Kenya Safe Despite Parrotfish Numbers Going Down - Expert

26 November 2020

As parrotfish numbers dwindle, pollution and sedimentation might increase, an expert has warned.

The expert said fishing was to blame for the reducing numbers. He, however, said the fish were not likely to become extinct.

Parrotfish graze on reefs, eating seaweed that can crowd out the coral, outcompeting it for nutrients and space.

Coastal Oceans Research and Development - Indian Ocean East Africa director David Obura said if parrotfish numbers were low and algae more abundant, the additional fertilisation by pollution and sedimentation might compound the problem and reduce the amount of algae that parrotfish eat.

"Sediment on algae surfaces may make it difficult for some species to feed and pollutants in the sediment, on surfaces, in algae tissues may affect them," he said.

"Further impacts on parrotfish may arise due to climate change as ocean waters are warming, but we do not know much about which species are most vulnerable. As a herbivore, it is likely that parrotfish may be less vulnerable than other species."

His comments were in response to a number of posts circulating on social media asking Kenyans to stop catching parrotfish because their numbers were depleted, and algae levels were so high.

Massive die-offs

Dr Obura said a lot of focus had been placed on parrotfish in the Caribbean where there are fewer fish species and a disease killed off almost all grazing sea urchins in the 80s.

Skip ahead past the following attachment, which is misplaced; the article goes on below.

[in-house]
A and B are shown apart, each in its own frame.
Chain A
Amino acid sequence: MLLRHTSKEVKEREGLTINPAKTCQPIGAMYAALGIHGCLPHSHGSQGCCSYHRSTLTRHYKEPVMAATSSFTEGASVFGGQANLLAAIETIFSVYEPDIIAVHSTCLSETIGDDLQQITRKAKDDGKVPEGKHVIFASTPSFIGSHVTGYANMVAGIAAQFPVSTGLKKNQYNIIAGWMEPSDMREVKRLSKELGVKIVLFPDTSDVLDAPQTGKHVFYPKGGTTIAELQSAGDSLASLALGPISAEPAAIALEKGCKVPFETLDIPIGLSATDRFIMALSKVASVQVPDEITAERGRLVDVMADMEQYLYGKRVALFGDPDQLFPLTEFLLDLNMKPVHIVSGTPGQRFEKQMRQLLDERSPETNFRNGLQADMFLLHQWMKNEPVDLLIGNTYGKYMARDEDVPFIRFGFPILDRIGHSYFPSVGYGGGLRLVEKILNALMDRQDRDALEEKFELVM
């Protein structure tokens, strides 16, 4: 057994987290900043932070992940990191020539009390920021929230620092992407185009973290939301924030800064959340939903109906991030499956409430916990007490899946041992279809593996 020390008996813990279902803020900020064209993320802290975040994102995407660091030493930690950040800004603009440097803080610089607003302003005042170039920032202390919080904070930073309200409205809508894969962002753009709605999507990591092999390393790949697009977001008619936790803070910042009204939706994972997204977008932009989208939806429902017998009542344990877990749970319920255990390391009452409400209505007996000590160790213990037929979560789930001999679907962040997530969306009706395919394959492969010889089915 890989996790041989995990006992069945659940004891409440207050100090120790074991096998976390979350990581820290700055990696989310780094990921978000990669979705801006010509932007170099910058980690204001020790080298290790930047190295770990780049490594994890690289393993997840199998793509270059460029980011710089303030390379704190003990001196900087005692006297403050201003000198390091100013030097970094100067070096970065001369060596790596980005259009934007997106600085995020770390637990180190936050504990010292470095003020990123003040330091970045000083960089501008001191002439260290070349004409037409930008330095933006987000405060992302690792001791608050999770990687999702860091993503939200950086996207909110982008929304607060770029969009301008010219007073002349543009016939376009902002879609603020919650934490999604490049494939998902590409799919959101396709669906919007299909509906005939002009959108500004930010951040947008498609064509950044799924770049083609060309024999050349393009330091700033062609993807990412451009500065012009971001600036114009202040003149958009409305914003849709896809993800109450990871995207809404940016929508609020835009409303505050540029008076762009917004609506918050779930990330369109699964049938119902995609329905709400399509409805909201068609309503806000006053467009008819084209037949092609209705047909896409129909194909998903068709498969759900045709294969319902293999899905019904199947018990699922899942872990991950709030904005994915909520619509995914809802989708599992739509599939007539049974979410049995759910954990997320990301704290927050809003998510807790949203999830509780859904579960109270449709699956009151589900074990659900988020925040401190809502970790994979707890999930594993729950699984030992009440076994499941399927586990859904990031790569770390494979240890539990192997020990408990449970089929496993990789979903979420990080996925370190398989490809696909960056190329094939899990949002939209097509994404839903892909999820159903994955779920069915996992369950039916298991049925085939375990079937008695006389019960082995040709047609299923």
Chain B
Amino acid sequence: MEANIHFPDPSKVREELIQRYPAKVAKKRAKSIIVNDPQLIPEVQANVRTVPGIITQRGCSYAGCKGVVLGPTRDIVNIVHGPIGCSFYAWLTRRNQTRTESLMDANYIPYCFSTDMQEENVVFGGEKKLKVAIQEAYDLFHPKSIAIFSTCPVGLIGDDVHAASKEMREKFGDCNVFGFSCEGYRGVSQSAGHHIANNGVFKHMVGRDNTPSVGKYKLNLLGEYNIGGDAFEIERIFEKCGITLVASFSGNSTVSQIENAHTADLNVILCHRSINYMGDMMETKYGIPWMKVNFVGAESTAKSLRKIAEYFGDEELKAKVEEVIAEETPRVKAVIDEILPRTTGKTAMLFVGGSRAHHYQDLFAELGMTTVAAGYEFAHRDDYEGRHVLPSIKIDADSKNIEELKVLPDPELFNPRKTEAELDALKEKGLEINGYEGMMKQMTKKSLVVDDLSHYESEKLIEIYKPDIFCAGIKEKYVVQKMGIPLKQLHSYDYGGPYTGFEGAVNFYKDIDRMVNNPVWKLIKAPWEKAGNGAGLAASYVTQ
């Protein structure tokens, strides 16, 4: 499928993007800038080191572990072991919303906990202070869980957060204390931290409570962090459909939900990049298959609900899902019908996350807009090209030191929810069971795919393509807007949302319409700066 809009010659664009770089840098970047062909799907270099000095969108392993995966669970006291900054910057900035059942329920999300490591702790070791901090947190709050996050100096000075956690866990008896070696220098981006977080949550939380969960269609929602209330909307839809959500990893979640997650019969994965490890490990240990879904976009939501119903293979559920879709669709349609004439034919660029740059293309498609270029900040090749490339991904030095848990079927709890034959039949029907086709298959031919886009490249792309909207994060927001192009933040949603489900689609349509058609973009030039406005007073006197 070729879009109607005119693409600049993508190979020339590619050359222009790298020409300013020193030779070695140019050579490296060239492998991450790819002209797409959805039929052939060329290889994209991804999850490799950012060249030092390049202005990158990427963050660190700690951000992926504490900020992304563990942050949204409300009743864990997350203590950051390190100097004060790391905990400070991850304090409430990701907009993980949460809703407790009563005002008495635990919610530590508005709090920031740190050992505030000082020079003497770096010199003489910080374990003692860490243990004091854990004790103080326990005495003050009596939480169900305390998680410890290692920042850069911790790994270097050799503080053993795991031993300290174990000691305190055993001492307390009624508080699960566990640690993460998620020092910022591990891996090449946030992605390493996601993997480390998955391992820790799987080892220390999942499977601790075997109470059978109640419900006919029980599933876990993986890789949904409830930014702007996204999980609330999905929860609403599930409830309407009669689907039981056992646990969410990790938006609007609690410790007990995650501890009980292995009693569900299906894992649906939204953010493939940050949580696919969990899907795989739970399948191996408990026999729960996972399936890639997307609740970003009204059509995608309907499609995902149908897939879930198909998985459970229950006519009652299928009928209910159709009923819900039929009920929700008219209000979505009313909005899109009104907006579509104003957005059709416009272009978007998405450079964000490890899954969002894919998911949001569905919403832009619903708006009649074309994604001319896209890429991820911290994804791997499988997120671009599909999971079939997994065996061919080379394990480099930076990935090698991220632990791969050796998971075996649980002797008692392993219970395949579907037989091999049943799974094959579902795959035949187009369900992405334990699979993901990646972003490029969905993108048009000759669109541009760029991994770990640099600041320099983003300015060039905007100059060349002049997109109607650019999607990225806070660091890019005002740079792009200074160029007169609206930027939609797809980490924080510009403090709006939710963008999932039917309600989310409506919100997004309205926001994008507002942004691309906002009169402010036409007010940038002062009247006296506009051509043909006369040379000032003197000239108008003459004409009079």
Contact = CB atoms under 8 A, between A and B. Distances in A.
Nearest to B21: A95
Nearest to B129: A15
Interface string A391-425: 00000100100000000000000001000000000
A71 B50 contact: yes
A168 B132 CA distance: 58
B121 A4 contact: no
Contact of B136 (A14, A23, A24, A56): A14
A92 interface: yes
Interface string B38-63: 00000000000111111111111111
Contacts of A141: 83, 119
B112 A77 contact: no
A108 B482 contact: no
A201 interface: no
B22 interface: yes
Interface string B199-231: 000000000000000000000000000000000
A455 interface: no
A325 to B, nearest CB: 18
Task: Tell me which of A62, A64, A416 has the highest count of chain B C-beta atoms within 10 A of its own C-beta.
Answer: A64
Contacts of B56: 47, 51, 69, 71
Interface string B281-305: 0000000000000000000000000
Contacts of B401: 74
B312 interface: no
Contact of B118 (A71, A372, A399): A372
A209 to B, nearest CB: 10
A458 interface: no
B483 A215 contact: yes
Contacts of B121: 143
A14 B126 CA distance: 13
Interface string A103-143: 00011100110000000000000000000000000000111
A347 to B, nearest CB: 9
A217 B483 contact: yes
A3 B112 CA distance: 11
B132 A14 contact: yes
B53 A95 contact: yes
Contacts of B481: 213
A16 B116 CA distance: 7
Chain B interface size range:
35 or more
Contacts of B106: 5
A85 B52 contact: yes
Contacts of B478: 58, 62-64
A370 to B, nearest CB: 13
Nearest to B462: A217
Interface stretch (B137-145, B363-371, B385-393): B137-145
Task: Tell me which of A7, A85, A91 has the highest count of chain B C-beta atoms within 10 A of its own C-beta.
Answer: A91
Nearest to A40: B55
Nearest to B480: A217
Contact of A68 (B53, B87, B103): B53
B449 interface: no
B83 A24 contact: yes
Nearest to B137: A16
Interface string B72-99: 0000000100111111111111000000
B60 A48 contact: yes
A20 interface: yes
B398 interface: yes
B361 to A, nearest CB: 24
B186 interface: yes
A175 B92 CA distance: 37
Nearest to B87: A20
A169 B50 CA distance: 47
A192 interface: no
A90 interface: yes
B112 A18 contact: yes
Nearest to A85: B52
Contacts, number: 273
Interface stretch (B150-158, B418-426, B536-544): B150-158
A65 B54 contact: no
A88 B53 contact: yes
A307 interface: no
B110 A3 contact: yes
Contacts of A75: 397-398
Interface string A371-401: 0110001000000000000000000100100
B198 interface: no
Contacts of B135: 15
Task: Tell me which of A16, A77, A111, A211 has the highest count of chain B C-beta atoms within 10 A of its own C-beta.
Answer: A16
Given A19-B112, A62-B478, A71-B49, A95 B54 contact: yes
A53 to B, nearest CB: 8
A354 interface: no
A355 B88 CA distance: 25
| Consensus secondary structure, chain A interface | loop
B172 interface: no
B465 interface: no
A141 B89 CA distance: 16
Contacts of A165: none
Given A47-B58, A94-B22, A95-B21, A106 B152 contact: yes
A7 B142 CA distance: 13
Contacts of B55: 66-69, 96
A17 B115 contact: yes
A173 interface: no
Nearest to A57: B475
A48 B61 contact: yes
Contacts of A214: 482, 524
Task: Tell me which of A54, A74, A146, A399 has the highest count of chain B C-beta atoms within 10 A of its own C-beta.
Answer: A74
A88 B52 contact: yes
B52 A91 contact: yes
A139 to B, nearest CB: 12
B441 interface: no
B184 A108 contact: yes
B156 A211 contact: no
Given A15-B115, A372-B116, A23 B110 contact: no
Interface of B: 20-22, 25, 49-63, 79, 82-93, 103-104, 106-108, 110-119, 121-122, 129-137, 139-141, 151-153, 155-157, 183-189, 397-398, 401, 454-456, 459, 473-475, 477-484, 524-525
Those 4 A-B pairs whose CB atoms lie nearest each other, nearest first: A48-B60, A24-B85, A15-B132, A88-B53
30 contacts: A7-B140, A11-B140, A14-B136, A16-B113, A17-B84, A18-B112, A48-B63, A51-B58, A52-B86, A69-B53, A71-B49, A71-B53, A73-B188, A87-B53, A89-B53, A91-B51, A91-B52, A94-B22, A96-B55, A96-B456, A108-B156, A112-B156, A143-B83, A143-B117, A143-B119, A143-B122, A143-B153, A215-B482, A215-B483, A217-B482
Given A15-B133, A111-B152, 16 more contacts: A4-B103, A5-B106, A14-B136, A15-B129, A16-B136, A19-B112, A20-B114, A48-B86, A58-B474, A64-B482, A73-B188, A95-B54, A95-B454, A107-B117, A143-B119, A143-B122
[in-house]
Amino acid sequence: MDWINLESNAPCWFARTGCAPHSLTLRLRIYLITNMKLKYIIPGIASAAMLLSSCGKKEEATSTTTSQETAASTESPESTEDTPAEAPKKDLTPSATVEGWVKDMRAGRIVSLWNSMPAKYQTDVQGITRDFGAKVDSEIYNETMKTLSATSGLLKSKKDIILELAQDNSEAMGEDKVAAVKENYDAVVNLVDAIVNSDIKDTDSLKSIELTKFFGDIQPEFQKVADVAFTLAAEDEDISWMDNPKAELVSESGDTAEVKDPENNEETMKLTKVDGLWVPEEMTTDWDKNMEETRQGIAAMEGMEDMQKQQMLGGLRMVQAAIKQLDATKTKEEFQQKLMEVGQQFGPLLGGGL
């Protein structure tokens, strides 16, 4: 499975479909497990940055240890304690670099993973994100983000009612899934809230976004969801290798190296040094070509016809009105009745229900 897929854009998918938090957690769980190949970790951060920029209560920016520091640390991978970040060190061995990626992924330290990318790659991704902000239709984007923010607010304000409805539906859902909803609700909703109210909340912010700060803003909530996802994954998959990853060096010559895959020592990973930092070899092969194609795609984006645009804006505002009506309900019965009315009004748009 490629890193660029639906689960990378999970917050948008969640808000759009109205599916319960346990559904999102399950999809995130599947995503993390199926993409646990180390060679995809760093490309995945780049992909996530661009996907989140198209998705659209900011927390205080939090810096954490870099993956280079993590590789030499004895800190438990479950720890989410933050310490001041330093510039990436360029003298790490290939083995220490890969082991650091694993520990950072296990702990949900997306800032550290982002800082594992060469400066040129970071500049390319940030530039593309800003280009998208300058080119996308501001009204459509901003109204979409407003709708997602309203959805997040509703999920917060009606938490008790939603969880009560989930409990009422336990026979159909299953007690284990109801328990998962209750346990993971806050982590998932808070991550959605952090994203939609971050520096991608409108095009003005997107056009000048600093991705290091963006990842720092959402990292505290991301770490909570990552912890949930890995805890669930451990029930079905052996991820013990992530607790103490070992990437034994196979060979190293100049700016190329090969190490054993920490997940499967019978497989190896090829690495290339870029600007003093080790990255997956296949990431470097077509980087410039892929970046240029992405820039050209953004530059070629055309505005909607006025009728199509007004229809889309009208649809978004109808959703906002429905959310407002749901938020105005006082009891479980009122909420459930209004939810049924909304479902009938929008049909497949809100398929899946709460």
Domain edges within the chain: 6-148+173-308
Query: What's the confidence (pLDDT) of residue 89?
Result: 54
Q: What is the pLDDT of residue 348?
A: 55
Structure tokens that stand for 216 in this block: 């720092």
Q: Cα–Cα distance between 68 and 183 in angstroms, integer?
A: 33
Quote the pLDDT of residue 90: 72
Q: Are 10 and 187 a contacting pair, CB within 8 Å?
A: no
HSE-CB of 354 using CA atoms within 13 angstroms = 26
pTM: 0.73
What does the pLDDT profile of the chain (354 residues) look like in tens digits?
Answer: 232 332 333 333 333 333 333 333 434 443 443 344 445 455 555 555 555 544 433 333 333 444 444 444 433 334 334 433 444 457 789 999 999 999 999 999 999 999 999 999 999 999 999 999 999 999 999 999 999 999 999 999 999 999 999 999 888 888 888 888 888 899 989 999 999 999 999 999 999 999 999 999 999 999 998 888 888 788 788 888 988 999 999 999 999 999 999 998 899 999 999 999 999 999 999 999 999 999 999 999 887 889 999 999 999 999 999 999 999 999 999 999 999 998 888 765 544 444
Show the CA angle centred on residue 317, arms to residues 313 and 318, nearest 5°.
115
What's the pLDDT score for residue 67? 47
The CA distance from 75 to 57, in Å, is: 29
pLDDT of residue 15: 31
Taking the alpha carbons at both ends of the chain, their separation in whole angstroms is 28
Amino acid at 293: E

"As a result, parrotfish are the only major herbivores in the Caribbean, so their capture in fisheries leaves many reefs without any herbivores or grazers. With massive die-offs of corals due to global warming and other impacts since the 1990s, algae have taken over many reefs as it is not being kept in check by herbivores. So, in the Caribbean, countries have instituted major new controls and bans on parrotfish fishing," he said.

He said this dynamic is not the case in the Indian and Pacific oceans, nor in Kenya specifically, where there were many more herbivorous fish species, and urchins are abundant.

"Of course, fishing them down too much is a problem, but this is the same for all fishery resources," he said, adding that a ban on parrotfish fishing will do a lot of damage to already difficult fishery conditions.

"Parrotfish are extremely important, but so are many parts of a reef,"said Dr Obura.

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